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Electrophoresis. 2012 Aug;33(15):2365-73. doi: 10.1002/elps.201200033.

Electrophoretic and chromatographic evaluation of transgenic barley expressing a bacterial dihydrodipicolinate synthase.

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Institute of Experimental Botany, Academy of Sciences of the Czech Republic, Olomouc, Czech Republic.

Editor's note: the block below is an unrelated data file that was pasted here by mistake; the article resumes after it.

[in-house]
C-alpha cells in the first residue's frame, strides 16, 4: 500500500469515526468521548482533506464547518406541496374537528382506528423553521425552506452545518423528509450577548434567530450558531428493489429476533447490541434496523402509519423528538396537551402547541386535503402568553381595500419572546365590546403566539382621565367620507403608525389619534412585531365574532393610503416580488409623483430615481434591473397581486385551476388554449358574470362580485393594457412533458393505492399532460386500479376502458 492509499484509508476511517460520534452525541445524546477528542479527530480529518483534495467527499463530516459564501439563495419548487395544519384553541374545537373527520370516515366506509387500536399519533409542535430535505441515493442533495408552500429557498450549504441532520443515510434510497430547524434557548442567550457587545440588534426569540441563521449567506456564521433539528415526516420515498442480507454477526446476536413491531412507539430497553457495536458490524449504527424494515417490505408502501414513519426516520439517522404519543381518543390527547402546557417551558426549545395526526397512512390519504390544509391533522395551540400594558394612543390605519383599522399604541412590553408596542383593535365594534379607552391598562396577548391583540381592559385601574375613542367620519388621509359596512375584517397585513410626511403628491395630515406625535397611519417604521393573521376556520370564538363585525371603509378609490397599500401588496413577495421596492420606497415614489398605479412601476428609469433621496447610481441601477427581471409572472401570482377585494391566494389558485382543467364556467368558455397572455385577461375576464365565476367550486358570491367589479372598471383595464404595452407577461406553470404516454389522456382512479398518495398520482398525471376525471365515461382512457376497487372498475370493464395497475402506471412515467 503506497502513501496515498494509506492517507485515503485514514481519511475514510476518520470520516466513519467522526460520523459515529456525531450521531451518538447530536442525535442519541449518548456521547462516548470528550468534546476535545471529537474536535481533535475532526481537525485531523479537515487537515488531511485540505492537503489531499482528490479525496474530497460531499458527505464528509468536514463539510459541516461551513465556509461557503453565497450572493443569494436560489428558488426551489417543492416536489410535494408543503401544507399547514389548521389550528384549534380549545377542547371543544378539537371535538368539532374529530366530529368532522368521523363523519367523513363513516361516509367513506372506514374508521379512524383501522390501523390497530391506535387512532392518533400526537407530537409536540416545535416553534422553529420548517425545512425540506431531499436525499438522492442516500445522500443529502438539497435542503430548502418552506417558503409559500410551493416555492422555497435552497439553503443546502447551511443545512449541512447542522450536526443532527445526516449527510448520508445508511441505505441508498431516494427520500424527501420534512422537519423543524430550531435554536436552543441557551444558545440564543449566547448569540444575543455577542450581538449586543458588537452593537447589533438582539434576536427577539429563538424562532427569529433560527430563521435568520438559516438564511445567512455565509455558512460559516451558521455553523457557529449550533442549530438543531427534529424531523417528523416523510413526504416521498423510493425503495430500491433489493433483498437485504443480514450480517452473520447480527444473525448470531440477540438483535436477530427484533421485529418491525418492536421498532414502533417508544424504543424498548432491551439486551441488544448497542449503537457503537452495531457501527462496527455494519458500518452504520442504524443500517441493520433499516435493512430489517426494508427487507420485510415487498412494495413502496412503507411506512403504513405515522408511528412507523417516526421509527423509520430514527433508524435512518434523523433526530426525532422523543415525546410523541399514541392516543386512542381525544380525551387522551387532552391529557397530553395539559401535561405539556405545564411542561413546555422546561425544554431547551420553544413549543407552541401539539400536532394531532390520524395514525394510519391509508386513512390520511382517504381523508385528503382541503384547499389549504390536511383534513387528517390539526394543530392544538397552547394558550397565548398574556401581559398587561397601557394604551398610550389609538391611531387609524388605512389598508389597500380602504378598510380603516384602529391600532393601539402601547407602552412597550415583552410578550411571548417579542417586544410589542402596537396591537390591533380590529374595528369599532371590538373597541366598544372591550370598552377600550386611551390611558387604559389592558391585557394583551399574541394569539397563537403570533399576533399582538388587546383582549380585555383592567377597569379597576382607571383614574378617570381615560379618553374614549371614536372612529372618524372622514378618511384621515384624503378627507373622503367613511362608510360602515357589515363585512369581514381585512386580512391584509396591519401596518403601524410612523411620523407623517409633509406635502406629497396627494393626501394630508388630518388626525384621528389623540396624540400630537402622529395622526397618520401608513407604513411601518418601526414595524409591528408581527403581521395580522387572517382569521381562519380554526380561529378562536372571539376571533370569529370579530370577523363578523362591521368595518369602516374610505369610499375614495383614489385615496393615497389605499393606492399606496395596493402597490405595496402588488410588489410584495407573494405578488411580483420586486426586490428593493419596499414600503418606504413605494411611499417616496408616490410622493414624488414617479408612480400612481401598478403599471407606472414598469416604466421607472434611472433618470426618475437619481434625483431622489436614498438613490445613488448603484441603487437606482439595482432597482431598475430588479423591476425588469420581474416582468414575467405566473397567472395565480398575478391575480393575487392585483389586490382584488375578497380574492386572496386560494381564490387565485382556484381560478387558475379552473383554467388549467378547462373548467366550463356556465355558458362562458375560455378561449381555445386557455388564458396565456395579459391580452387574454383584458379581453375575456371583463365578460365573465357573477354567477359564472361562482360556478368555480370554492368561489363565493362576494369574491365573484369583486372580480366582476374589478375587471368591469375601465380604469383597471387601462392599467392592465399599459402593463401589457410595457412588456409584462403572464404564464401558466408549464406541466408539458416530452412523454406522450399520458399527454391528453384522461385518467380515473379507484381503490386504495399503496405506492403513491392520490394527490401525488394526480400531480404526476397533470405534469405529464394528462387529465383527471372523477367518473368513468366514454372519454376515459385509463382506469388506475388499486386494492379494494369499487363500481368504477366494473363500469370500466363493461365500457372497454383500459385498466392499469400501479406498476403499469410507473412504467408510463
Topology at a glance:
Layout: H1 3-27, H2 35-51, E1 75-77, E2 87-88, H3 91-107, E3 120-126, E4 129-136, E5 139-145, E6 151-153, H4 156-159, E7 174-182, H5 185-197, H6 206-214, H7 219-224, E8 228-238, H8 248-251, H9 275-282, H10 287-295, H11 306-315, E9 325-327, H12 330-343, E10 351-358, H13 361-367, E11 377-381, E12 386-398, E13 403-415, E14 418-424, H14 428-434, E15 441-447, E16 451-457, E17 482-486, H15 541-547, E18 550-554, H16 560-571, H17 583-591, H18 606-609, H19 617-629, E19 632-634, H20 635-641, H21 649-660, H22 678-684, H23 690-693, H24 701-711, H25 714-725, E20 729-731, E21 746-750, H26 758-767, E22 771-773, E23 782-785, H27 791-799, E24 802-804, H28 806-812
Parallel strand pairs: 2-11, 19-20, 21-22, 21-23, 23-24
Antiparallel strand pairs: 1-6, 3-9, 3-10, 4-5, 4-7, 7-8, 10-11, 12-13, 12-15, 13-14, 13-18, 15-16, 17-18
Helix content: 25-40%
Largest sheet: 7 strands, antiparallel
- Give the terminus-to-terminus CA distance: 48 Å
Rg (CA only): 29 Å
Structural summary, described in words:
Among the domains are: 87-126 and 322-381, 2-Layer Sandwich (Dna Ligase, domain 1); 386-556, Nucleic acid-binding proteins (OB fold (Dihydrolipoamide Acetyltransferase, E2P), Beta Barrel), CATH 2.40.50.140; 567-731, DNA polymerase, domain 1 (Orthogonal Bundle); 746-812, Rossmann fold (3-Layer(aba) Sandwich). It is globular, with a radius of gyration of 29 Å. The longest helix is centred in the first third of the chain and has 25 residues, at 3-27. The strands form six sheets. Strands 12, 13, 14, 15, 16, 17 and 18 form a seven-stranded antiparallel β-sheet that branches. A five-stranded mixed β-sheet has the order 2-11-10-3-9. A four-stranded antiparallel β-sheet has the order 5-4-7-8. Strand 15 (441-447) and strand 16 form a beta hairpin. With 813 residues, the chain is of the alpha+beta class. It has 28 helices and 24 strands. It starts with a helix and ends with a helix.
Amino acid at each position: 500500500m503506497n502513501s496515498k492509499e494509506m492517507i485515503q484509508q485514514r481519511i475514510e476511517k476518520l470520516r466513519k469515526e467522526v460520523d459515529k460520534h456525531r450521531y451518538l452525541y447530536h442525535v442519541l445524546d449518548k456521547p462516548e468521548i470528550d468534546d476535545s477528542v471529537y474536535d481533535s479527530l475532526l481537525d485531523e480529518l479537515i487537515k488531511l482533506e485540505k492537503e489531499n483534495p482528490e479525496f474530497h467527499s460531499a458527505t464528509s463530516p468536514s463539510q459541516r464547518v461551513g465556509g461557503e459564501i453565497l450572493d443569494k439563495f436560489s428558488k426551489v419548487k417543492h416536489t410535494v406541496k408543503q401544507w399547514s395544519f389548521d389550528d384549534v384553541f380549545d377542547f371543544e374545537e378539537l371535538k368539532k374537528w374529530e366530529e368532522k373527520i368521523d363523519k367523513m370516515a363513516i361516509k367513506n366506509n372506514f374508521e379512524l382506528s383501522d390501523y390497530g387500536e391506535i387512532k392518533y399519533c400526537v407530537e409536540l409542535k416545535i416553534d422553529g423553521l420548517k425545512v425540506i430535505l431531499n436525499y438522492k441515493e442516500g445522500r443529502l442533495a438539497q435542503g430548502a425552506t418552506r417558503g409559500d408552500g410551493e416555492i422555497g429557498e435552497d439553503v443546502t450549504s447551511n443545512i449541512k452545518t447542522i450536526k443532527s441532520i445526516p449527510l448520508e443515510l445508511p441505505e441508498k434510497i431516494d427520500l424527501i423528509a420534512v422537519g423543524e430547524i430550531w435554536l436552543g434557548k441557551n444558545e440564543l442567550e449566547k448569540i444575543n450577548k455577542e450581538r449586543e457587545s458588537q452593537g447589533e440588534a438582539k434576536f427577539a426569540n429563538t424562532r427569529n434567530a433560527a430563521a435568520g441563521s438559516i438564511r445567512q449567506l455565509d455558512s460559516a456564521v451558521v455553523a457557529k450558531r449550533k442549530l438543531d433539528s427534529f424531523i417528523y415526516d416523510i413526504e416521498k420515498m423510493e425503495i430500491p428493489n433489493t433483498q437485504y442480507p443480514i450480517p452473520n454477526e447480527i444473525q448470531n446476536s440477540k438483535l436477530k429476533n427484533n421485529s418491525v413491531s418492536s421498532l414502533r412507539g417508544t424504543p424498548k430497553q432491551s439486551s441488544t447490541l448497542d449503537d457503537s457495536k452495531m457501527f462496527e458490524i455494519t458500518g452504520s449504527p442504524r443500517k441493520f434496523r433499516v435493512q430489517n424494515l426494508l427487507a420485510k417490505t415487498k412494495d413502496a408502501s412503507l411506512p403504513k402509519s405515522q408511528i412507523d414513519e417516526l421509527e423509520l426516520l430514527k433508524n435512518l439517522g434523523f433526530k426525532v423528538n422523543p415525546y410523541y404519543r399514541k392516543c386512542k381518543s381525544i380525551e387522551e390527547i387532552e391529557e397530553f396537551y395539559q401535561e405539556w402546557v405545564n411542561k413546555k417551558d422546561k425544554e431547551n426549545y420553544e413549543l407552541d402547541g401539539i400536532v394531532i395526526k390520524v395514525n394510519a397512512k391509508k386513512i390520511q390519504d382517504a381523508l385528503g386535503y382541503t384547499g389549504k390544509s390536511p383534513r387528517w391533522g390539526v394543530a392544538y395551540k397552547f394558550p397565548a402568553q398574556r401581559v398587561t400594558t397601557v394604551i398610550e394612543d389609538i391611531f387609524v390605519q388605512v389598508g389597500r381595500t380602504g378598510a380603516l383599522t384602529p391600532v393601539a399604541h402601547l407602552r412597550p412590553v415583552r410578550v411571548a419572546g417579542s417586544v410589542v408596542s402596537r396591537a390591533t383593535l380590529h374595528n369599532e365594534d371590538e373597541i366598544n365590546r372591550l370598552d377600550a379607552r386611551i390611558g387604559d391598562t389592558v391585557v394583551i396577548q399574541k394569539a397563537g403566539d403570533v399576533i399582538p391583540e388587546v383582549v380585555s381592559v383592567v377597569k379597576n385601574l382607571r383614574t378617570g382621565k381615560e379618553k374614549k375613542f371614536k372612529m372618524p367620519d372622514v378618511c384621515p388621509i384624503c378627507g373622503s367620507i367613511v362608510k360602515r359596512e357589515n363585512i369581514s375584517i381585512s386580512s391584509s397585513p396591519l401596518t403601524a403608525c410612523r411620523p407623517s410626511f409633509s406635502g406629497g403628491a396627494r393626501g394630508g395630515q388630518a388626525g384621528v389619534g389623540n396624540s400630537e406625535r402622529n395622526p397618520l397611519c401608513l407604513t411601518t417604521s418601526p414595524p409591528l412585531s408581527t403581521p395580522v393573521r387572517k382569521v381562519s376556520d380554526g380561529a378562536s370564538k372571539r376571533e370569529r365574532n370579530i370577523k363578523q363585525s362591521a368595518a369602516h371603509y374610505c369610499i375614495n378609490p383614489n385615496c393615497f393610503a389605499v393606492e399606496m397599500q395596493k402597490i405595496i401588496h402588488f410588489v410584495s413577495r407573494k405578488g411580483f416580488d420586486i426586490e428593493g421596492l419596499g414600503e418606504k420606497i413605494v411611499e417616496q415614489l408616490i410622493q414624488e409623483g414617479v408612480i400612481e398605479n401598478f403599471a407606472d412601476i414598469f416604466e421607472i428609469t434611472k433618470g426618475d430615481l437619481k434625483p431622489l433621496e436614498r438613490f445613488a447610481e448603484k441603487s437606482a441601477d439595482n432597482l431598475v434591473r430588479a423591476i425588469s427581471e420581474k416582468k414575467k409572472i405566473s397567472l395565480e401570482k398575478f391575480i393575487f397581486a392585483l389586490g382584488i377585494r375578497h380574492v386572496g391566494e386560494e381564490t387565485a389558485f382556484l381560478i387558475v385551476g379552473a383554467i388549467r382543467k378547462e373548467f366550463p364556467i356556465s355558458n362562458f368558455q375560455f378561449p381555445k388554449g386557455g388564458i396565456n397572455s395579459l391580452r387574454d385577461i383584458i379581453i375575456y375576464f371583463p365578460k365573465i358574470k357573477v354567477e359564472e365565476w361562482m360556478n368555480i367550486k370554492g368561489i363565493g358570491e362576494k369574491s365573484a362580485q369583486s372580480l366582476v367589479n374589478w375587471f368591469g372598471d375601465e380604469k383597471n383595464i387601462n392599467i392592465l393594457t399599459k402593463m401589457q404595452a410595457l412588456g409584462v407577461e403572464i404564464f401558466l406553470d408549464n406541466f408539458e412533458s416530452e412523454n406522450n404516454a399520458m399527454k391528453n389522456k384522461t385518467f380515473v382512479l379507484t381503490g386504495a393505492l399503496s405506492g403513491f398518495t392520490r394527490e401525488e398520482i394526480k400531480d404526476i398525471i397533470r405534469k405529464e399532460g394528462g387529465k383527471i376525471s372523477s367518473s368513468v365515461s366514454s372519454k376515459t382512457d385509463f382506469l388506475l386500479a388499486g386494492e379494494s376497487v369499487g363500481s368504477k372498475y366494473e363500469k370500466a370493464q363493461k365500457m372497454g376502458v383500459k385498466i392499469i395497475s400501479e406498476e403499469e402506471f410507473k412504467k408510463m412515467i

Nutritional quality of human and animal foodstuffs is determined by the content of essential amino acids. Barley is the fourth most important cereal of the world and the second most important cereal grown in the Czech Republic. Cereal grains such as barley contain insufficient levels of some essential amino acids, especially lysine. Dihydrodipicolinate synthase is the key enzyme involved in the regulatory step for lysine biosynthesis. Two constructs pBract214::sTPdapA and pBract214::mdapA containing the dapA gene from Escherichia coli coding for the bacterial dihydrodipicolinate synthase were used for transformation of barley. An Agrobacterium-mediated technique was used for transformation of immature embryos of spring barley cv. Golden Promise. Transgenic barley plants of the T0 and T1 generations were evaluated by PCR, real-time PCR, gel electrophoresis, and Western blot. Amino acid content was analyzed by HPLC after HCl hydrolysis. The lysine content in leaves of the T1 generation plant no. 5/5 was 50% higher than in wild-type plants; the lysine content in seeds of T2 generation plant no. 5/16 was 30% higher than in wild-type seeds of spring barley cv. Golden Promise.

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